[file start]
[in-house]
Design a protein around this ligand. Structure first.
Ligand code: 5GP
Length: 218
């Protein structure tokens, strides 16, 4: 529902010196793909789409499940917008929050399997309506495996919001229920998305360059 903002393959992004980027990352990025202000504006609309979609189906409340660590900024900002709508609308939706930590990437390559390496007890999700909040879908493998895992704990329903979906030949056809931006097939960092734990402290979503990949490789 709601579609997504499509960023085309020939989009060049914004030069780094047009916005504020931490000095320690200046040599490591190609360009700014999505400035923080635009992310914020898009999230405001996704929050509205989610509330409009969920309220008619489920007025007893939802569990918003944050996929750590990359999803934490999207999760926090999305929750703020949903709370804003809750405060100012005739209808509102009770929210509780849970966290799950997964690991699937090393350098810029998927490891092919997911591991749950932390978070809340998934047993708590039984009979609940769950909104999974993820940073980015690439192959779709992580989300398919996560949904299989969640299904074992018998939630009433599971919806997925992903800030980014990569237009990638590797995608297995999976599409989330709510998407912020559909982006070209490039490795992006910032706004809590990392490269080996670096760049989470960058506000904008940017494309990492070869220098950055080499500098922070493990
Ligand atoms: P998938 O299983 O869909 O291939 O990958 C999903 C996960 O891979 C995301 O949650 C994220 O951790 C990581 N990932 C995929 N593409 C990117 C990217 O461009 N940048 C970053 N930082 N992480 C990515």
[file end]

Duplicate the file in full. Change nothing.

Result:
[in-house]
Design a protein around this ligand. Structure first.
Ligand code: 5GP
Length: 218
């Protein structure tokens, strides 16, 4: 529902010196793909789409499940917008929050399997309506495996919001229920998305360059 903002393959992004980027990352990025202000504006609309979609189906409340660590900024900002709508609308939706930590990437390559390496007890999700909040879908493998895992704990329903979906030949056809931006097939960092734990402290979503990949490789 709601579609997504499509960023085309020939989009060049914004030069780094047009916005504020931490000095320690200046040599490591190609360009700014999505400035923080635009992310914020898009999230405001996704929050509205989610509330409009969920309220008619489920007025007893939802569990918003944050996929750590990359999803934490999207999760926090999305929750703020949903709370804003809750405060100012005739209808509102009770929210509780849970966290799950997964690991699937090393350098810029998927490891092919997911591991749950932390978070809340998934047993708590039984009979609940769950909104999974993820940073980015690439192959779709992580989300398919996560949904299989969640299904074992018998939630009433599971919806997925992903800030980014990569237009990638590797995608297995999976599409989330709510998407912020559909982006070209490039490795992006910032706004809590990392490269080996670096760049989470960058506000904008940017494309990492070869220098950055080499500098922070493990
Ligand atoms: P998938 O299983 O869909 O291939 O990958 C999903 C996960 O891979 C995301 O949650 C994220 O951790 C990581 N990932 C995929 N593409 C990117 C990217 O461009 N940048 C970053 N930082 N992480 C990515």